DAA has since spoken to those airlines set to move to the new terminal - which does not include Ryanair - and were told they need twice as much space. The regulator may still not approve the project, which now cannot be completed any earlier than 2009. Ryanair, which is proposing to build its own low-cost terminal, continues to vehemently oppose the project and has filed a complaint with the EC accusing DAA of abusing its monopoly position.
"There's still a great risk a regulatory determination won't be reached that will facilitate expansion of Dublin airport," says Haughey. "This has been reviewed and reviewed while the airport is operating at incredibly low capacity."
Haughey and Jankovec point out Dublin has the lowest airport charges, currently capped at €6 ($7.70) per passenger, among all major European airports. The other European airports that have come under attack recently by airlines have much higher charges and have been steadily adopting increases. Aeroports de Paris (AdP), for example, has increased charges at Charles de Gaulle by 27% since 2001. IATA claims the French government has already approved further 5% annual increases through 2010, a move it says is "fattening the airport for privatisation".
The proposed increase is now the subject of a court case that IATA has brought against both the airport operator and the French government. The case is still in the legal process, says Poole, adding: "AdP is seeking to raise charges while its performance declines by every measure."
Athens, which has the highest charges in Europe according to ACI data, also has come under fire for charging too much since opening for the 2004 Olympics. Aegean Airlines chief operating officer Antonis Simigdalaas says its home airport is the most expensive in its network, including Frankfurt. He says carriers have been lobbying the Athens operator to lower charges, arguing it would stimulate more traffic, but its requests have fallen on deaf ears.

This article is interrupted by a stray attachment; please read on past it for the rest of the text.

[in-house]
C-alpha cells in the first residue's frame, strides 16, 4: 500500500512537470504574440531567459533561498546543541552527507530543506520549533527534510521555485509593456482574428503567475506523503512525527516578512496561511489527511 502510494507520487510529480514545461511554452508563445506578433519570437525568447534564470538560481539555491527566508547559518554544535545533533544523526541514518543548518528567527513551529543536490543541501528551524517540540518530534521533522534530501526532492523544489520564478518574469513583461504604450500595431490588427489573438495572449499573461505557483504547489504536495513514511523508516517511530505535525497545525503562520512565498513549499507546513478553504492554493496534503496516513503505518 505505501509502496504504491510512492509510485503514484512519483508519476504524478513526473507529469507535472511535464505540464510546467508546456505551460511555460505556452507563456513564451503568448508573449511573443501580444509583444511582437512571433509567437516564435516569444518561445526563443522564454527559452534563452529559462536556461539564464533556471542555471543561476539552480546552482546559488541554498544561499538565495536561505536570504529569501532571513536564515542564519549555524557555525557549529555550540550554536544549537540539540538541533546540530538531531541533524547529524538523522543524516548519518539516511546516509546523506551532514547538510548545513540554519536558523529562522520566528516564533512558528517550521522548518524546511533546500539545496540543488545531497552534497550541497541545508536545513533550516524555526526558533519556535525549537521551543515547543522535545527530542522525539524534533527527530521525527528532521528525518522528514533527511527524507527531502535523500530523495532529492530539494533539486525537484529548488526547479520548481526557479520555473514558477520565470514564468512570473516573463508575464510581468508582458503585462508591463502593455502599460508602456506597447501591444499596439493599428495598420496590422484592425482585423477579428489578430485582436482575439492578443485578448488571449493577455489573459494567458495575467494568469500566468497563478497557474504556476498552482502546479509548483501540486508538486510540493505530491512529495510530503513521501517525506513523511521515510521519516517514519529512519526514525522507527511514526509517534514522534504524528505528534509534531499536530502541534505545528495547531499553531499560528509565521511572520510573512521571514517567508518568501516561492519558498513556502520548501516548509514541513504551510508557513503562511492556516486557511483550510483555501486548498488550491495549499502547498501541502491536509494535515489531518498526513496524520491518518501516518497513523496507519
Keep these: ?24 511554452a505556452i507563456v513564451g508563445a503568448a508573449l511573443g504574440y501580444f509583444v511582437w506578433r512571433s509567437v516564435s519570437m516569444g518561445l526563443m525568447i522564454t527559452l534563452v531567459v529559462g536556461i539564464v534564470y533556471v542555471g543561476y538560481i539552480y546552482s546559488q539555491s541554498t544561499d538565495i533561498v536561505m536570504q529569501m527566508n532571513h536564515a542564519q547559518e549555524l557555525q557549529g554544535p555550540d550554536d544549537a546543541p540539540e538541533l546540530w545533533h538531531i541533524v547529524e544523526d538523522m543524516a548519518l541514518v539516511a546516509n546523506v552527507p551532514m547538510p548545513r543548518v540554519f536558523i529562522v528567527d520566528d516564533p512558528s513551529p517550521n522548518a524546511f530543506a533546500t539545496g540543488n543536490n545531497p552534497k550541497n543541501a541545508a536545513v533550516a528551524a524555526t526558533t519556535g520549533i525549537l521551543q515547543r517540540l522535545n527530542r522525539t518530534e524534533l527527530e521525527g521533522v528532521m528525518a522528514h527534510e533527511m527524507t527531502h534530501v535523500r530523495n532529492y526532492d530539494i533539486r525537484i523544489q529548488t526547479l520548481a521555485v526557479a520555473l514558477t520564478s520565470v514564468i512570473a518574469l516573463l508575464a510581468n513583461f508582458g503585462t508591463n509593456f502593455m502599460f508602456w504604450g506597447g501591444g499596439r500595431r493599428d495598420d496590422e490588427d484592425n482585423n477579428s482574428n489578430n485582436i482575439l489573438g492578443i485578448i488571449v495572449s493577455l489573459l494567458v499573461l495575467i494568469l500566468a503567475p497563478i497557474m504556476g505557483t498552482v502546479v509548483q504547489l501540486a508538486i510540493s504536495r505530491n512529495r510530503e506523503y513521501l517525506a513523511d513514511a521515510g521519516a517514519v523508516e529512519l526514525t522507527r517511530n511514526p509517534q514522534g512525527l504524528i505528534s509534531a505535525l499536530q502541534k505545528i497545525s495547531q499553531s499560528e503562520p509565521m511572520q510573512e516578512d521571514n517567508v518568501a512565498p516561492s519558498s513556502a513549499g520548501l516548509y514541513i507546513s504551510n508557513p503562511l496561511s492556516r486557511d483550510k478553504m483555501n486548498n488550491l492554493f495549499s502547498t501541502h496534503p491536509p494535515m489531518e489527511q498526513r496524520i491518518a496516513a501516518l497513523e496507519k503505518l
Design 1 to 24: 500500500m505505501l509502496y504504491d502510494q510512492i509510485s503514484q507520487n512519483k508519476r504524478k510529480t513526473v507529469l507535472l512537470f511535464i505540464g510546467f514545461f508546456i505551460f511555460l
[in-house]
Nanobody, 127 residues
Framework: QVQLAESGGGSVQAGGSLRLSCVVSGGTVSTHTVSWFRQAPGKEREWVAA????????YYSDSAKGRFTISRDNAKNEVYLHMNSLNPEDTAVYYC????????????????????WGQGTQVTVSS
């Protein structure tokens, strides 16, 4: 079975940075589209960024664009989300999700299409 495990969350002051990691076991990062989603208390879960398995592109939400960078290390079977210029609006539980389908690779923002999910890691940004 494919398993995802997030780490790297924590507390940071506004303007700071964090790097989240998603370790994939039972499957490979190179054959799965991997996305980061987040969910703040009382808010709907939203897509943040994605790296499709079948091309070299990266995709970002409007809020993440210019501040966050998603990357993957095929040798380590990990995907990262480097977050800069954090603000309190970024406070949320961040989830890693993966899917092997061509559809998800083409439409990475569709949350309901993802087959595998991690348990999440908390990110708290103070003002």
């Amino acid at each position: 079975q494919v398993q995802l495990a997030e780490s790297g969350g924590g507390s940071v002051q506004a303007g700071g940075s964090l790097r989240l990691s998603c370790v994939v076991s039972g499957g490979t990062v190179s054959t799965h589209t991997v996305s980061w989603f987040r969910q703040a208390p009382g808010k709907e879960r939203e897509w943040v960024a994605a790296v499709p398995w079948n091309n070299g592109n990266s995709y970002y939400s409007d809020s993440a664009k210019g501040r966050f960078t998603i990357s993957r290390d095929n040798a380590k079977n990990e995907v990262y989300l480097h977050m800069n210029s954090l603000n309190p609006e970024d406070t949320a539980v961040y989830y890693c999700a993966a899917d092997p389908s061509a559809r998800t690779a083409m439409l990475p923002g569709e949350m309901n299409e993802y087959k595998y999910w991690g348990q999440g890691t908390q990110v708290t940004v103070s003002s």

EasyJet has been attacking several airports it calls "gold-plated", in particular London Stansted and its £2.5 billion ($4.7 billion) upgrade plan. EasyJet airport development manager Nigel Fanning claims Stansted's operator, BAA, wants to build "facilities that are neither needed or wanted. All we want is a tin shed and access to our aircraft."
IATA, meanwhile, is concerned upgrades at Stansted, which is primarily served by low-cost carriers, will be partly funded by charges at other BAA airports. "Wherever there is an opportunity to change IATA would like to see it," Poole says. "In particular we would like to see an end to BAA's attempted cross-subsidy for Stansted. What is needed is transparency on such cost-allocation issues."
Airports, especially European, are having a tough time balancing the requirements of legacy and low-cost carriers. Copenhagen Airports chief executive and ACI chairman Niels Boserup suggests it may be time to rethink the way charges are packaged and unbundle them because airlines today have vastly different operating models. But he admits it is impossible to please all carriers because they all want something different and therefore stormy relations with at least some may be unavoidable.
"Our main customers, legacy airlines, won't allow us to have different service for a newcomer," Boserup says. "The question is how can you create different products without upsetting the legacy carriers? It's difficult but you have to find a solution."